One of the underdiscussed perks of this era of way too much to watch with thousands of cable channels, dozens of streaming services bankrolling their own content, and hundreds of movies a year is that it's easy to forget what your favorite directors are working on! Gone are the days, essentially, when you had to pine away waiting for so-and-so to return. Take the case of David Fincher. I've literally been a fan since he won "Best Direction" at the MTV Video Music Awards for Madonna's "Express Yourself" and I went to Alien³ on opening weekend so I was there at ground zero. Despite my love of all most things Fincher, it was easy to forget that he'd vanished since his excellent intensely rewatchable Gone Girl (2014) which we really should have had on our top ten list that year -- oops. »


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An Ode to Adam Sandler

17 October 2017 1:00 PM, PDT

By Spencer Coile 

To many, Adam Sandler was in no need of a career makeover. Even with Netflix films like The Ridiculous 6 and Sandy Wexler, many were drawn to his schtick and comedic talents -- even if those talents were misplaced in terrible films. Still, after decades of being the go-to "funny guy," it is refreshing to see Sandler step back and display his acting chops in more nuanced ways. We saw this in 2002 with Punch Drunk Love, and we are witnessing it again in 2017 with The Meyerowitz Stories (New and Selected), the latest from Noah Baumbach

Watching Sandler explore the idiosyncrasies of a complicated character is so fleeting, that sometimes, it is vital for us to also take a step back and realize: Adam Sandler can be a great actor. And fortunately, The Meyerowitz Stories offers him the opportunity to demonstrate why he has been a staple to »

- Spencer Coile

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Doc Corner: 'Human Flow'

17 October 2017 10:54 AM, PDT

By Daniel Walber

Ai Weiwei’s Human Flow is the result of a truly enormous undertaking. Spread across four continents, the film is a distillation of the current refugee crisis. All of it. Rather than focus on a single geographic region or the fallout from a particular international conflict, this is a whirlwind tour of the entire global situation. Its scenes from the Us-Mexico Border to the Mediterranean, Sub-Saharan Africa to Bangladesh. If that sounds like far too much, that’s because it is.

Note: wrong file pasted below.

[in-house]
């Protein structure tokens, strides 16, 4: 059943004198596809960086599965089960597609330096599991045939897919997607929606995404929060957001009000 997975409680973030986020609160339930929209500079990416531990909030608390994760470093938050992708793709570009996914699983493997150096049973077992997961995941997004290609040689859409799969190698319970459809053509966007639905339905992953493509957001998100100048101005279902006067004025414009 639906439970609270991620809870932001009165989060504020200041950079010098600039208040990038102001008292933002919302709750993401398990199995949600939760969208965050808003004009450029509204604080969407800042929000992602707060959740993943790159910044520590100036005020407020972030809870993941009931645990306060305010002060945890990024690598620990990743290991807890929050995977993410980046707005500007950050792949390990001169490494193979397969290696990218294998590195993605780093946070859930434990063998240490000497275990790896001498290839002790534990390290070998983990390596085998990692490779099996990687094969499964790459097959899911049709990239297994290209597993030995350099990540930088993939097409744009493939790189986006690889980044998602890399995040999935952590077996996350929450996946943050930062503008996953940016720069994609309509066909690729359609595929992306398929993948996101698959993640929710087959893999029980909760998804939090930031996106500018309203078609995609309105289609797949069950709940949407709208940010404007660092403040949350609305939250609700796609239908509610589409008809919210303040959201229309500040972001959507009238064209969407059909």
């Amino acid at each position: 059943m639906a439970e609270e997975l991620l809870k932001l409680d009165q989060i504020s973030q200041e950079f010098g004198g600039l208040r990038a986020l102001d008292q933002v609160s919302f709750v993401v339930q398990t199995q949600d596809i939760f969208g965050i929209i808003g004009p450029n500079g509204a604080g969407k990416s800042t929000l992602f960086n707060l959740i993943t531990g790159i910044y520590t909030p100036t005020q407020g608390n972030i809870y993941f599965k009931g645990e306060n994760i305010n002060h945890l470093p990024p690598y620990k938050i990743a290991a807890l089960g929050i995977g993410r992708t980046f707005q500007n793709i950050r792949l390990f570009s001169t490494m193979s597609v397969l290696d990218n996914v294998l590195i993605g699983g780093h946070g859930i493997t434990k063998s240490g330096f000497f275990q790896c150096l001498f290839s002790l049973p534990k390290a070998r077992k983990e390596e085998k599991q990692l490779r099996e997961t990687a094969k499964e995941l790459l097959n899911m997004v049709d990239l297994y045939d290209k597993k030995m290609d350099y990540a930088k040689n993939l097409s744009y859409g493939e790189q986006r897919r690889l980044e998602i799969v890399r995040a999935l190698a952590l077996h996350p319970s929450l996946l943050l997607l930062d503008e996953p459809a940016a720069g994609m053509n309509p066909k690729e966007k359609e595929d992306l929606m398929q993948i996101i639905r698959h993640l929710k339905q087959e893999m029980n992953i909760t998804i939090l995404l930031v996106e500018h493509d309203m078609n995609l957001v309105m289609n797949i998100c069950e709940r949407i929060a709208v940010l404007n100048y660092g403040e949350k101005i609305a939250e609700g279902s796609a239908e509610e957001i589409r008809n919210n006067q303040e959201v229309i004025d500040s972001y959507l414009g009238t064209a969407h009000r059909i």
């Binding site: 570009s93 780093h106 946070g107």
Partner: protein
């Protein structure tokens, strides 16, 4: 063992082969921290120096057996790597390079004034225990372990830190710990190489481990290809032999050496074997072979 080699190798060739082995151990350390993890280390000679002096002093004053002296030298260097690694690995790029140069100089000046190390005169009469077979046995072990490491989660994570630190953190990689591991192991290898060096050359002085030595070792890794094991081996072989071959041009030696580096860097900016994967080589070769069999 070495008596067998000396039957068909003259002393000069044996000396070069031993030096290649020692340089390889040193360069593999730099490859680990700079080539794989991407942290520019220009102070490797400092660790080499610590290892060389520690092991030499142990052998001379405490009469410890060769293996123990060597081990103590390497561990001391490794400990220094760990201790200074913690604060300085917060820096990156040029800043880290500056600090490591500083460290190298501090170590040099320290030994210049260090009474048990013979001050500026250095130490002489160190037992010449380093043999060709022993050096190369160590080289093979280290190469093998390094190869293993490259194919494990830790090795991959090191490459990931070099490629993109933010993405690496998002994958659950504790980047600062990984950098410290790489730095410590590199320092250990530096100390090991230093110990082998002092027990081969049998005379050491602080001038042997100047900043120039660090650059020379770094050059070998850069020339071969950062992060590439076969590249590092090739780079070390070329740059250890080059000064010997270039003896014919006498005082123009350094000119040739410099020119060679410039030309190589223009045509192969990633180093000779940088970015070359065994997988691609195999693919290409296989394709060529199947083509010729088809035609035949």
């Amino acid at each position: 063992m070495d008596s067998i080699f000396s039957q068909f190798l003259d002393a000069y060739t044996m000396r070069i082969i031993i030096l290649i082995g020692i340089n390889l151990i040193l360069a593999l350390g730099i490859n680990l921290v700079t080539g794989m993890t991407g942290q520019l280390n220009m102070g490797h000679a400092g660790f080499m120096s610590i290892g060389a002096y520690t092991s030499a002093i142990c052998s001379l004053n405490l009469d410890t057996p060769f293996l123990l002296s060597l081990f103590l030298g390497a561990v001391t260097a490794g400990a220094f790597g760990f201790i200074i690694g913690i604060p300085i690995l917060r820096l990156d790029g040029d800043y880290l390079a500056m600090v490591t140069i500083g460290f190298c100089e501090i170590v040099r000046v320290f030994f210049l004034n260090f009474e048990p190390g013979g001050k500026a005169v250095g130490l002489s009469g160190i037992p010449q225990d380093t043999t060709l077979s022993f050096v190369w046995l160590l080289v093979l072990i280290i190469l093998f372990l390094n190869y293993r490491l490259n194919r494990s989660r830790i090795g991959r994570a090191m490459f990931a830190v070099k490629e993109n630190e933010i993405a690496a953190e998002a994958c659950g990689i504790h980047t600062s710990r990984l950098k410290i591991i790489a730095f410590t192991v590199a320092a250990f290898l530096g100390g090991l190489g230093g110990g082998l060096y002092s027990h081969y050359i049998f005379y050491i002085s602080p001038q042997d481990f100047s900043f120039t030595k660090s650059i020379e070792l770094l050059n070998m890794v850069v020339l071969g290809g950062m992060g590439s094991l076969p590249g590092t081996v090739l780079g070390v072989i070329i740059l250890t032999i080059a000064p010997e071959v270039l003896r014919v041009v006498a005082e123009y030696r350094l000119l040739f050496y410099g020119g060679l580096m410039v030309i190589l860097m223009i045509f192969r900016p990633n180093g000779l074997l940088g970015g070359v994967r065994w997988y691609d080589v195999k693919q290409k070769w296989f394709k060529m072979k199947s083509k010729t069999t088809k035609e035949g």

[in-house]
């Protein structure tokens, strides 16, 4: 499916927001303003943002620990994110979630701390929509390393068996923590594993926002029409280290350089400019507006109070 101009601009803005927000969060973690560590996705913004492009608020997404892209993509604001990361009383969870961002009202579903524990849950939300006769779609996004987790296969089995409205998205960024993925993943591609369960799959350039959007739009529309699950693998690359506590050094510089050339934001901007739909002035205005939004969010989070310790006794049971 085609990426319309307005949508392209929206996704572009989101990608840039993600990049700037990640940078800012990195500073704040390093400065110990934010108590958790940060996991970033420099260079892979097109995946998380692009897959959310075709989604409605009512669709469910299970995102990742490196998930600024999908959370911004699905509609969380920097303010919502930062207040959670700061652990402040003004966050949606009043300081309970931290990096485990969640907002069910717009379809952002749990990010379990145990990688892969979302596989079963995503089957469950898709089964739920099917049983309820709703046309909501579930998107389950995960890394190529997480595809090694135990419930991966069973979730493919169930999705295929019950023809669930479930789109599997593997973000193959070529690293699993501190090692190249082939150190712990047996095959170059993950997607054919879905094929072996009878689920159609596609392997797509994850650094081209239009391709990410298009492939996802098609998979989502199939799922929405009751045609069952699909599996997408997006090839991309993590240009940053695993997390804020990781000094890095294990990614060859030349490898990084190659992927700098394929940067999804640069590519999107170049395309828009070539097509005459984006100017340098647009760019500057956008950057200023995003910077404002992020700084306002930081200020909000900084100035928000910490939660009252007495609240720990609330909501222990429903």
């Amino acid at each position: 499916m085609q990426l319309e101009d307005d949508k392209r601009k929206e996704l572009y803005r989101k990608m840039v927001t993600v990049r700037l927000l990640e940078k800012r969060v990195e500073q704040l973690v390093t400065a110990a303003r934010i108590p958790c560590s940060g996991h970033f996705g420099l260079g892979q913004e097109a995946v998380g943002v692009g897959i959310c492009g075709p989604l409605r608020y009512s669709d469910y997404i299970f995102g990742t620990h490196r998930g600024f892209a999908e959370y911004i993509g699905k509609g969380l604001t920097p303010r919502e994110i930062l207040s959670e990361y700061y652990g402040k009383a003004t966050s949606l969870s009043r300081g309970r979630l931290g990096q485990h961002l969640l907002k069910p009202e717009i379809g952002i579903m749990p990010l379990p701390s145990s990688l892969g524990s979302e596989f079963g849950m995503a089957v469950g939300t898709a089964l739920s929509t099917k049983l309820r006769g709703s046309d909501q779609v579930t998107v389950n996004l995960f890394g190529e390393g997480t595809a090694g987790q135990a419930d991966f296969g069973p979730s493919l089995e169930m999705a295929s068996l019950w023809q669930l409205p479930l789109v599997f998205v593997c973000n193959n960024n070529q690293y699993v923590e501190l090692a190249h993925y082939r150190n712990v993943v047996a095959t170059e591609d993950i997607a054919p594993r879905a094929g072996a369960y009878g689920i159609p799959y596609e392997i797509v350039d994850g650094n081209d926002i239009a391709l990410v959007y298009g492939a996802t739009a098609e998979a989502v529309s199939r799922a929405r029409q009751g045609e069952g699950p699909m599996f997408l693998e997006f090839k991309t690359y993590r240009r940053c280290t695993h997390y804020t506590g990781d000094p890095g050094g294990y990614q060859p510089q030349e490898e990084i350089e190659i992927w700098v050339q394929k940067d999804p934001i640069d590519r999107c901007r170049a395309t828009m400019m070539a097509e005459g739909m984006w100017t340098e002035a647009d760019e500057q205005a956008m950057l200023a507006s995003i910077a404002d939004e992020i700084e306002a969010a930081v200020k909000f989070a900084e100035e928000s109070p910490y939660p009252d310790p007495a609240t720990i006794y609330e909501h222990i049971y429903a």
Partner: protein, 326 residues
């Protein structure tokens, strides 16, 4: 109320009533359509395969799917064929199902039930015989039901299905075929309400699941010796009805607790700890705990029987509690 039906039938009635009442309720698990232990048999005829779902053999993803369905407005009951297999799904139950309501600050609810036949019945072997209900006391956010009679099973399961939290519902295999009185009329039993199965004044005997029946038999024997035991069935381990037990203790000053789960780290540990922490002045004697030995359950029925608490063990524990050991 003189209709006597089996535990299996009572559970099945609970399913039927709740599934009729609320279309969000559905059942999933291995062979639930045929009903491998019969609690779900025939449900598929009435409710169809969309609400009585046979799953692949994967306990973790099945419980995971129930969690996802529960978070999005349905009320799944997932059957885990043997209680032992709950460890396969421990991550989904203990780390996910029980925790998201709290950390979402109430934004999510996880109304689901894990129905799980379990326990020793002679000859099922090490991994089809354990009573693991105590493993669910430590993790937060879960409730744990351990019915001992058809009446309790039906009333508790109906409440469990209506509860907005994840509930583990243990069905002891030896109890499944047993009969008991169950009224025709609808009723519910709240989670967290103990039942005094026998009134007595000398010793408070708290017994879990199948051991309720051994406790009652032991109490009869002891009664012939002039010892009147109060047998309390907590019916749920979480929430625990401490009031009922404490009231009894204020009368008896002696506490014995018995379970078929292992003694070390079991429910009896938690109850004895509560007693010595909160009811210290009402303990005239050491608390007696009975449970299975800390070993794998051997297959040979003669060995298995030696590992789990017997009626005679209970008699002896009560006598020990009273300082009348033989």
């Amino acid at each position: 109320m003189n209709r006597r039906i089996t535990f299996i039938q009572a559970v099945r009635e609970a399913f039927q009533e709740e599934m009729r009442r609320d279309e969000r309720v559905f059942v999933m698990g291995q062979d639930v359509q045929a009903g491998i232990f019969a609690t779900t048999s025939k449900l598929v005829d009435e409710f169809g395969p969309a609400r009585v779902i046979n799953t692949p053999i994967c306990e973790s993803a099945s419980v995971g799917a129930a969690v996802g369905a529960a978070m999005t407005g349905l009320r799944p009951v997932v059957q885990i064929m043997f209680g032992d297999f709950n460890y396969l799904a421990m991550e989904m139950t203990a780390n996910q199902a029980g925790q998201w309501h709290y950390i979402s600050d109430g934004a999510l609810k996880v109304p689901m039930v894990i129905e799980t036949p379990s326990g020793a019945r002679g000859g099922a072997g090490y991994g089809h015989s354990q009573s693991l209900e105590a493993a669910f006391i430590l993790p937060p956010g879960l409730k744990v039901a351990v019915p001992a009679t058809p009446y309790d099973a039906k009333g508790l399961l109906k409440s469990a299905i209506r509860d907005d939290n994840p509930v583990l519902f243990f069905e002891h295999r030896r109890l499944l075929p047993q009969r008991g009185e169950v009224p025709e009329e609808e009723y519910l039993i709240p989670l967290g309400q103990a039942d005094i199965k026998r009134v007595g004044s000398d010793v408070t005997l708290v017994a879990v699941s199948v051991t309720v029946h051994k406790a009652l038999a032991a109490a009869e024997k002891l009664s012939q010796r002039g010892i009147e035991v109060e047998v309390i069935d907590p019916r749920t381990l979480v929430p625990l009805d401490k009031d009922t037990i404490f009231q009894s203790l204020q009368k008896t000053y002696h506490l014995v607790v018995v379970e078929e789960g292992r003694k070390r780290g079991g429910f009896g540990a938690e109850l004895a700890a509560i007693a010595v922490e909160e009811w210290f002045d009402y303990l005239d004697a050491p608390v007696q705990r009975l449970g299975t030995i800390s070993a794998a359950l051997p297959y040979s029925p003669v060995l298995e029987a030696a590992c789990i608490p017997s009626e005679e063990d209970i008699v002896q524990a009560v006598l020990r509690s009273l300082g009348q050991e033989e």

If the purpose were totally aesthetic and metaphorical, a wordless and breathtaking aerial tour of large-scale human movement, the scope might not have been a problem. It might have bypassed the head and gone straight to the heart. But Human Flow tries to have it both ways »

- Daniel Walber

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The 1944 Smackdown is coming. Watch these five movies!

17 October 2017 9:43 AM, PDT

Travel back in time with us to 1944 for the next Smackdown in just 19 days!

Get to watching and e-mail us your votes with "44 Smackdown" as subject ranking each performance on a scale of 1 to 5 hearts. Your votes are due by Friday, November 3rd. The Smackdown hits Sunday, November 5th.

Ethel Barrymore, None but the Lonely Heart Jennifer Jones, Since You Went Away Angela Lansbury, Gaslight [watch on Amazon or iTunes or rent DVD on Netflix] Aline MacMahon, Dragon Seed [watch on Amazon or iTunes or rent DVD on Netflix] Agnes Moorehead, Mrs Parkington [watch on iTunes]

Those five films received 24 Oscar nominations between them with Gaslight and Since You Went Away both nominated for Best Picture as well. Since You Went Away is a getting a new Blu-Ray/DVD edition in late November. Not in time for the Smackdown alas but something to look forward to.

Previous Smackdowns

 1941, 1948, 1952, 1954, 1963, 1964, 1968, 1973, 1977, 1979, 1980,

 1984, 1989, 1995, 2003 and 2016  (prior to those events 30+

Smackdowns  were hosted @ StinkyLulu's old site) »


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Bring Spider-Man Home

17 October 2017 7:06 AM, PDT

Don't remember the context of this photo of Jamie Dornan with a Spider-Man figurine but I look at it once in a while and giggle. We shouldn't speak for him but let's guess that Jamie Dornan is excited that Spider-Man Homecoming hits DVD and BluRay today. Should we take a second look at it? Would you read if we did? (It's always difficult to know whether you Tfe readers like talking about movies when they're in theaters, or wait until they're streaming or on DVD or all three...?)

New on DVD this week:

Girls Trip (Nathaniel's Review and Podcast) Lady MacBeth (Yes, we will finally screen this. So sorry for the long delay at saying anything!) Landline (Nick's Podcast Dismissal) Spider-Man Homecoming (Chris's Review and Podcast) Step (On the Doc NYC Oscar Hopeful List) Older Films Released or Reissued This Week: Captain Fury (1939), Gold Diggers of 1933 (1933), One Million BC »


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Another Badass "Black Panther" Trailer!

16 October 2017 7:00 PM, PDT

Chris here. Okay guys, hear me out: Marvel is getting good again? Aside from business-as-usual as the Avengers arc closes, the superhero house will give us Cate Blanchett in drag for Thor, Pfeiffer in the Ant-Man sequel, and of course the most eagerly anticipated: Ryan Coogler's Black Panther.